Two months after President Obama pledged to close the detention center at Guantanamo Bay, the White House announced he will host the president of Yemen at the White House on Aug. 1.
The announcement of the visit comes a day after President Abdo Rabbu Mansour Hadi pardoned and released a Yemeni journalist whom Obama once personally lobbied to have remain in jail, and as Obama has said he's asked Congress to work with him to lift a moratorium on returning Yemenis who make up more than half the population at Guantanamo Bay detainee transfers to Yemen.
The White House says the visit will "highlight the strength of the U.S.-Yemeni relationship and underscore the United States' ongoing support for Yemen's political transition."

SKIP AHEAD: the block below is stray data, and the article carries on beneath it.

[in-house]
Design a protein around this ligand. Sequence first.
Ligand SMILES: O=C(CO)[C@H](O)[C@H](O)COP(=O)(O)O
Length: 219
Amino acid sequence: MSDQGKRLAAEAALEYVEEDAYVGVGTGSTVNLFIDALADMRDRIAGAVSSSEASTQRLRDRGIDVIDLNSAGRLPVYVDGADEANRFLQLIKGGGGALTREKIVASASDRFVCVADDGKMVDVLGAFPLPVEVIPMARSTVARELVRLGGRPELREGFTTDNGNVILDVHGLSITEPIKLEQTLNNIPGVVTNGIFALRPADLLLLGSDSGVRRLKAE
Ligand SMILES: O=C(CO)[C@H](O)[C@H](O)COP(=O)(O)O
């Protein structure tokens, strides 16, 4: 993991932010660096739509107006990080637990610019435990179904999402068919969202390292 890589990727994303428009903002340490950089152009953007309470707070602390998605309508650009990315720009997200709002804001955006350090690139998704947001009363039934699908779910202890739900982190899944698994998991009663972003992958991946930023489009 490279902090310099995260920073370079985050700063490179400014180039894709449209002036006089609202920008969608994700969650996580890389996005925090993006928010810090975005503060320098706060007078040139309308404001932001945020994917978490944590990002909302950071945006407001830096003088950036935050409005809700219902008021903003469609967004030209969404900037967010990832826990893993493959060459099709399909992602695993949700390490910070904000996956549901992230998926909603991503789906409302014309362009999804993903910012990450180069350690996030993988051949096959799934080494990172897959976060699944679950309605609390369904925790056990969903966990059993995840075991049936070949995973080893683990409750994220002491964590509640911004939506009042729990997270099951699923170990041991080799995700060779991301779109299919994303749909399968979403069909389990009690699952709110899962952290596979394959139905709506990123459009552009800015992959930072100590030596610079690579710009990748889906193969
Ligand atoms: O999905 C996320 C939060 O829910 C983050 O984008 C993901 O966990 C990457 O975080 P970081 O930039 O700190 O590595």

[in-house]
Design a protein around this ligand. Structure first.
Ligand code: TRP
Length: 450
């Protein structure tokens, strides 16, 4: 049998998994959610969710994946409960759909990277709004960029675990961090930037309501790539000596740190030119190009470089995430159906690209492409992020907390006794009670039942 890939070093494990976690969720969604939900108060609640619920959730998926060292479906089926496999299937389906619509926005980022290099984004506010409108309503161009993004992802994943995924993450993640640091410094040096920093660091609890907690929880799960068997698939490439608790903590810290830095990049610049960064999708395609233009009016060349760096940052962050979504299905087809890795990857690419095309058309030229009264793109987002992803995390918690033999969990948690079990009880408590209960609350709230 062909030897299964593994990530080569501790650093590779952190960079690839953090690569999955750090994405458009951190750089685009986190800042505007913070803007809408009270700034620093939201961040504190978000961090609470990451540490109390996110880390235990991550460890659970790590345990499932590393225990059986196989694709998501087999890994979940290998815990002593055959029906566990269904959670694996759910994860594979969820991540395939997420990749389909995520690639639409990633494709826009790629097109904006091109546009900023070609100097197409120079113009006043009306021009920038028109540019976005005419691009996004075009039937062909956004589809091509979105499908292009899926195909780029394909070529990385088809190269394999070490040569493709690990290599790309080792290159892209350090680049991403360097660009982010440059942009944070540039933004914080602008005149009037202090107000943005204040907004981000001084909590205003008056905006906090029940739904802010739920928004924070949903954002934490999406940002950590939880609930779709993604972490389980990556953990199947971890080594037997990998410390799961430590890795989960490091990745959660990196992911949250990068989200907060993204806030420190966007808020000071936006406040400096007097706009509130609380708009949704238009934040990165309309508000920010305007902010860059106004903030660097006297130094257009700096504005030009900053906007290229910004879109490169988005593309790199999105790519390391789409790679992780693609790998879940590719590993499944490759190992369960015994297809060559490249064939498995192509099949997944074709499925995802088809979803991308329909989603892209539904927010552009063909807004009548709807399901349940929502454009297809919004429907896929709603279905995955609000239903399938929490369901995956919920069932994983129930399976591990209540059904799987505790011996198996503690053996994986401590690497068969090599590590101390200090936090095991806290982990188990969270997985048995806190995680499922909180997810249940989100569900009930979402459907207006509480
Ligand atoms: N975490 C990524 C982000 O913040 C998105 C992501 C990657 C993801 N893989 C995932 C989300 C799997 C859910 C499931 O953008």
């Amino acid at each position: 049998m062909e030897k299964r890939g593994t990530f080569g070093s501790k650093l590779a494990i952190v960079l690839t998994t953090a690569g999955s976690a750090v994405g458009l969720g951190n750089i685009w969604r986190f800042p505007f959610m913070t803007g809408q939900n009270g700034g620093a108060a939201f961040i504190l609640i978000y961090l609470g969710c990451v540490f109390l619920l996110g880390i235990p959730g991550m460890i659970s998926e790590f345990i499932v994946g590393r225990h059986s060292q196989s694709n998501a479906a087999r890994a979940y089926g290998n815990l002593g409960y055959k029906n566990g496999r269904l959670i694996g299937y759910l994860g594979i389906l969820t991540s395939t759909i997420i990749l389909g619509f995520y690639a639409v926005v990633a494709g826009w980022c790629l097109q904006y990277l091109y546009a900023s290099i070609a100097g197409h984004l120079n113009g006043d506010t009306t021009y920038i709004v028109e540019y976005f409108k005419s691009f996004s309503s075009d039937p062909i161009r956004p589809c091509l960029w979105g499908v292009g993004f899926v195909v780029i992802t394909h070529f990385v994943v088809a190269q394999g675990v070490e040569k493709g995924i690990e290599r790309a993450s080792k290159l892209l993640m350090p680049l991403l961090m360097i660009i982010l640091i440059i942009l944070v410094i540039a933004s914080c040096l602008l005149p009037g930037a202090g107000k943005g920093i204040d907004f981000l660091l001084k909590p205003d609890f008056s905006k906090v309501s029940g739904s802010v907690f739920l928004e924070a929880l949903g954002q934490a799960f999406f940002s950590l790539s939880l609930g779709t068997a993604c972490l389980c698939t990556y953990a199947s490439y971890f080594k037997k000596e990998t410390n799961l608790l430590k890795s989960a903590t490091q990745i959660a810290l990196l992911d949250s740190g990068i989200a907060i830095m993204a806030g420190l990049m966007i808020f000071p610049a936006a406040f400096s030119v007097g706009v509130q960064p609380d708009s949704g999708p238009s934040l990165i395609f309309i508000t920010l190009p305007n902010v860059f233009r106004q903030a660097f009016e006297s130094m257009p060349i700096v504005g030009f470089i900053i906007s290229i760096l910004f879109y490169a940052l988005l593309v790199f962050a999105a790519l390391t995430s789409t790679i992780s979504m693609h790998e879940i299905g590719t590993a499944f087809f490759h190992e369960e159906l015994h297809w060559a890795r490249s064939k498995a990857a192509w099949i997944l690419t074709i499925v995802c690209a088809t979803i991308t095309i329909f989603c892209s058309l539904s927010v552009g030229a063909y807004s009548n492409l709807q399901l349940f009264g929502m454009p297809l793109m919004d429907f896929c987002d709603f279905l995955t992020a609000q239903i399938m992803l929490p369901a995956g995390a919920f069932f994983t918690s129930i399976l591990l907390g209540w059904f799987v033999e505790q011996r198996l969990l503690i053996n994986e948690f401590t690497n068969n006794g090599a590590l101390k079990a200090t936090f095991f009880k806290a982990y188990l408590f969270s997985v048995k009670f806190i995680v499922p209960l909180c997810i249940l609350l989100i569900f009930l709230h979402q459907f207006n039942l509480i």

It said Obama would talk with Hadi about U.S. efforts to "enhance democratic governance and support economic development" in Yemen, as well as U.S. efforts to "enable the return of Yemeni detainees at Guantanamo Bay who have been designated for transfer."
Human rights groups say Obama has the authority now to make it happen now: "Talk is cheap," said Zeke Johnson, director of Amnesty International USA's Security & Human Rights program. "Detainees can be transferred home to Yemen today under current U.S. law, and they should be, with full respect for their human rights. It's been more than four years since President Obama ordered the prison closed within a year, and two months since his latest pledge to get the job done."